Ruger is offering a variant of their classic SP101 small frame double-action revolver for those who eschew the gun’s normal stainless configurations.
The new five-round wheel gun is manufactured from alloy steel, and features a 2.25-inch barrel, fixed rear sight and ramped front sight. Chambered in .357 Magnum and weighing in at 26-ounces, Chris Killoy, Ruger president & CEO said in a statement the company has fielded numerous customer requests for the new model, which is manufactured in their New Hampshire plant.
More in my column at Guns.com.
Typically, gun makers debut new product at large firearms industry events like SHOT Show in January or the NRA Show in late April/early May. However, that leaves 7-8 months of deadtime which it is hard for makers to get a ton of easy exposure.
But then, there is September.
That’s when you have The International Association of Chiefs of Police (IACP) Conference, which caters to the LE crowd, and the NRA’s new Carry Guard Expo which is geared to the nation’s 18 million CCW holders.
While the latter got rained out due to Florence and the former still a minute away, the releases are still flowing. Remington just released a new V3 shotgun (it’s a 22-inch barrel Compact model), Savage has a new (and suppressor-ready!) Rascal, et. al.
Well, Glock drummed up the PR bandwagon and dropped the new Glock 45 on the market this week.
Short story: the G45 is a 5th Gen 9mm that basically (and stop if you have heard this before) “combines the fast handling of the GLOCK 19 compact-sized slide with the full-size frame as a compact Crossover!”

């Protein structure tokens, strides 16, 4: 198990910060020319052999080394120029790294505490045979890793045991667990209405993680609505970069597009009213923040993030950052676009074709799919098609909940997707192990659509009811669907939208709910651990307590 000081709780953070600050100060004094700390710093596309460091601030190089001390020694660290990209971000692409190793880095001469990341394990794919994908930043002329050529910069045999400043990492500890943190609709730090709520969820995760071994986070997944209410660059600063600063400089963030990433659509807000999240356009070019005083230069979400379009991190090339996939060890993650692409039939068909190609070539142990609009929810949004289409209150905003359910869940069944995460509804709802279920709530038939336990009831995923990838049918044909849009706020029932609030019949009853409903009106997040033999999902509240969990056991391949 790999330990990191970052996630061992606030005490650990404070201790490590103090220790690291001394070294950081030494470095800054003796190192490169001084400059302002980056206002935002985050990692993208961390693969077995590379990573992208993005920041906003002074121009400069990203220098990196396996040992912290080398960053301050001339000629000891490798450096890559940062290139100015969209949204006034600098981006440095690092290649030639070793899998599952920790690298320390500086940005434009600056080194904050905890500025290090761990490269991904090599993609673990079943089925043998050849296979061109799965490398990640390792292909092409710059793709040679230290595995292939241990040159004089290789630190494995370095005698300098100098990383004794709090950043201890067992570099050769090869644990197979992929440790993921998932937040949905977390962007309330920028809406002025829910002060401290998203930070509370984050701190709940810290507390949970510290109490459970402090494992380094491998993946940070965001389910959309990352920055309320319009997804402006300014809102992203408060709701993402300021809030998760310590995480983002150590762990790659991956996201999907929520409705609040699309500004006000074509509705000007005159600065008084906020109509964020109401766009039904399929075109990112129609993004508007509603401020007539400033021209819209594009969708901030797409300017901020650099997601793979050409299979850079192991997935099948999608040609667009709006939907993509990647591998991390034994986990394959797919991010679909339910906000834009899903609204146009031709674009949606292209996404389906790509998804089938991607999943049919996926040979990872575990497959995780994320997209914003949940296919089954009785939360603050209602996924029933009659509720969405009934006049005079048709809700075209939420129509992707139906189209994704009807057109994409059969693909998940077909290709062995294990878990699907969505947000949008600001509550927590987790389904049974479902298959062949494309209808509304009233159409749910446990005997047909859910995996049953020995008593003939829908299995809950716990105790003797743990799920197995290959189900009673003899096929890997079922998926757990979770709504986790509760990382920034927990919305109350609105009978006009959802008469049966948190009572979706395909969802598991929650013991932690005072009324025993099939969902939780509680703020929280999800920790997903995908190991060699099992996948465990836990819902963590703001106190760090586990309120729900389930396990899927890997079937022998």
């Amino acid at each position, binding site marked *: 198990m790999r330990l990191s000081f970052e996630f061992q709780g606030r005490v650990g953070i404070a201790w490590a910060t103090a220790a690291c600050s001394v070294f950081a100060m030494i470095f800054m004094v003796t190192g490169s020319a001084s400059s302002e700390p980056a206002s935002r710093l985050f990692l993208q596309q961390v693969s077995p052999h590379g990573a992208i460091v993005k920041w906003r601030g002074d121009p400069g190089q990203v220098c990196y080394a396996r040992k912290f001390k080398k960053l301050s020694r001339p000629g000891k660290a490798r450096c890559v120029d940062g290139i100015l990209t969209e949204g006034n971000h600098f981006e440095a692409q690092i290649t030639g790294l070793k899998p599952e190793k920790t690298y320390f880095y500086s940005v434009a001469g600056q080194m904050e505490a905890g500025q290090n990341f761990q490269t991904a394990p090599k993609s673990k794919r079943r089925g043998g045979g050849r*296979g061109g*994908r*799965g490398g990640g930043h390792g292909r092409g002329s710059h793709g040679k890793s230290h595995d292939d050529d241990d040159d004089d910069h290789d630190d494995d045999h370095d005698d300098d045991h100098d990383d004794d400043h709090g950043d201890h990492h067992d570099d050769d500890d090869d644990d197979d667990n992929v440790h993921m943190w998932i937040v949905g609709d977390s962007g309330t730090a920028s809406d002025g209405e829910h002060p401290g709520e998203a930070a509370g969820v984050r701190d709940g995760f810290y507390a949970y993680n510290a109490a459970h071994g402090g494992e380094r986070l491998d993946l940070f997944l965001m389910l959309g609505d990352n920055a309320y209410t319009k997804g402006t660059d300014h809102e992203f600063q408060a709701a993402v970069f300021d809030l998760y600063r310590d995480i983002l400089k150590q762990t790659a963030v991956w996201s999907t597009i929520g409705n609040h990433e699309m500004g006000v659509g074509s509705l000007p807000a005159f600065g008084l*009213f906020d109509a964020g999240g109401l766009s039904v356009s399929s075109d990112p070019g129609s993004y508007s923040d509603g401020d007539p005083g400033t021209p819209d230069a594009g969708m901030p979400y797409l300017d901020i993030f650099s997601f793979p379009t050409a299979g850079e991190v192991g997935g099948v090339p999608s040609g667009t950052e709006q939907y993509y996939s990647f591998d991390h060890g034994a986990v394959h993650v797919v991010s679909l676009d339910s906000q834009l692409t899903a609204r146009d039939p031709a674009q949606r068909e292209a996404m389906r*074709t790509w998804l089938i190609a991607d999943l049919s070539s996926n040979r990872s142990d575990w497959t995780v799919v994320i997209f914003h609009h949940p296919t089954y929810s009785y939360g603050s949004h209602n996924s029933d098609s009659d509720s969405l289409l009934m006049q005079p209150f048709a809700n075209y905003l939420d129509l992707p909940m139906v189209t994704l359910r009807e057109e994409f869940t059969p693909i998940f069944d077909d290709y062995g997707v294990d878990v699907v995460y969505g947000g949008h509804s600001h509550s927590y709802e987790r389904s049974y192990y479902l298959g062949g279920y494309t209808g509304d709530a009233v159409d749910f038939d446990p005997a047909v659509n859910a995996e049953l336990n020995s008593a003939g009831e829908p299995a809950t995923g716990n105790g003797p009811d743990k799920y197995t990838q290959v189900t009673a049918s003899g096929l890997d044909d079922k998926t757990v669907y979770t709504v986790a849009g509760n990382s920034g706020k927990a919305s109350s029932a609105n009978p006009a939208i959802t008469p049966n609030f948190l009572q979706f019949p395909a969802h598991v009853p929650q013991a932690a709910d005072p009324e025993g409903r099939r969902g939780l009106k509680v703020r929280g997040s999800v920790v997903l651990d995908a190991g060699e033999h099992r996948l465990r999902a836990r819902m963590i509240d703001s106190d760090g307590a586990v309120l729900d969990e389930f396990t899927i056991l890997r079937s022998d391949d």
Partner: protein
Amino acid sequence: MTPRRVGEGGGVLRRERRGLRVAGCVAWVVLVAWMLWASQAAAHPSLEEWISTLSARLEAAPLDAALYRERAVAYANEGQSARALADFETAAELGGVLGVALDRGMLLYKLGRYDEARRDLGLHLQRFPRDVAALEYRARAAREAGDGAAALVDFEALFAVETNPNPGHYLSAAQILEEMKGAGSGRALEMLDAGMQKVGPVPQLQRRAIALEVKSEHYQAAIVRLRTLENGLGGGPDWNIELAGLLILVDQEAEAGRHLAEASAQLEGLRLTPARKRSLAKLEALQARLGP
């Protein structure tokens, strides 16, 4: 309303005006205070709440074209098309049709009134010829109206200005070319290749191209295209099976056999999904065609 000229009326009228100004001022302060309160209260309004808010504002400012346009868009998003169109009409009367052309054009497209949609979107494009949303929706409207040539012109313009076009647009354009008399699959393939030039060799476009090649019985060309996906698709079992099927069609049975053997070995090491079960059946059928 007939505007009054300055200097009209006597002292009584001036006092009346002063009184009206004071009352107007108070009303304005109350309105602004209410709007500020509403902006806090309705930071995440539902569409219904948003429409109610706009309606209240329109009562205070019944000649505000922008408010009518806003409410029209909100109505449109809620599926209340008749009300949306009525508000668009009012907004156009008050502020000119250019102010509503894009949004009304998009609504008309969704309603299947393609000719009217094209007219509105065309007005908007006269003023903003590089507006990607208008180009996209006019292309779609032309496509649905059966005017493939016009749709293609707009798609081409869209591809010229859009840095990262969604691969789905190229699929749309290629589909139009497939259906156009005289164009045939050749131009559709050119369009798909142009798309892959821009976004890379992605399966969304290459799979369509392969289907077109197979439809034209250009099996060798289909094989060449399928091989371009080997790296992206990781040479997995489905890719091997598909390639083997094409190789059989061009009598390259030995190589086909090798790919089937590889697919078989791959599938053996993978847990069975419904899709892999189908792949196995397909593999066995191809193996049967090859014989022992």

“After the release of the G19X, we saw a strong interest from the law enforcement community for the design in a black model,” said GLOCK, Inc. VP Josh Dorsey. “The G45 is the result of a design that meets the demanding level of reliability with distinctive Gen5 design enhancements to improve durability, accuracy, and performance to those who go into harm’s way where fractions of a second matter.”
Personally, I have put 2,500+ rds through my own G19X and I really like it (full review here) but I think they could have just dubbed a black version with serrations as the same model, but tweaked, e.g. the G19BXFS or some shit. Meh.
Feedback to the hype on the new G45 has been luke already, although I am sure Glock will sell a million of them.
Also, Glock is expanding their Gen5 MOS (Modular Optic) series to include a G19 and G17, both optic ready right from the factory to enable users to mount their preferred reflex sights to their pistol in order to improve their target acquisition.
All of the new-ish Glocks will be available for purchase starting October 5th at dealers.
So I’ve been carrying a S&W M&P M2.0 Compact in 9mm since last October off and on and, over 2,000-rounds later, I really dig it and it has been holding up well. Size-wise, it is a dead ringer for the Glock 19 and has a lot of bonuses that the G doesn’t.
I also from time to time carry an assortment of Glocks to include my G19X, Gen 3 Gen 19, and Gen 4 G30– with the latter being a 10+1 round .45ACP with a 3.78-inch barrel. I like it so much that one of the characters in my zombie fiction franchise carries one.
With that being said, my interest was piqued to find out that Smith now has an M2.0 Compact in .45ACP, complete with a 10+1 round capacity and a 4-inch barrel. Color me on the T&E team for that one.
I always kinda liked the P239. Slightly more ergonomic than the classic P6/P225 West German police pistol, it was a great carry for its time, sort of a 9mm Walther PP.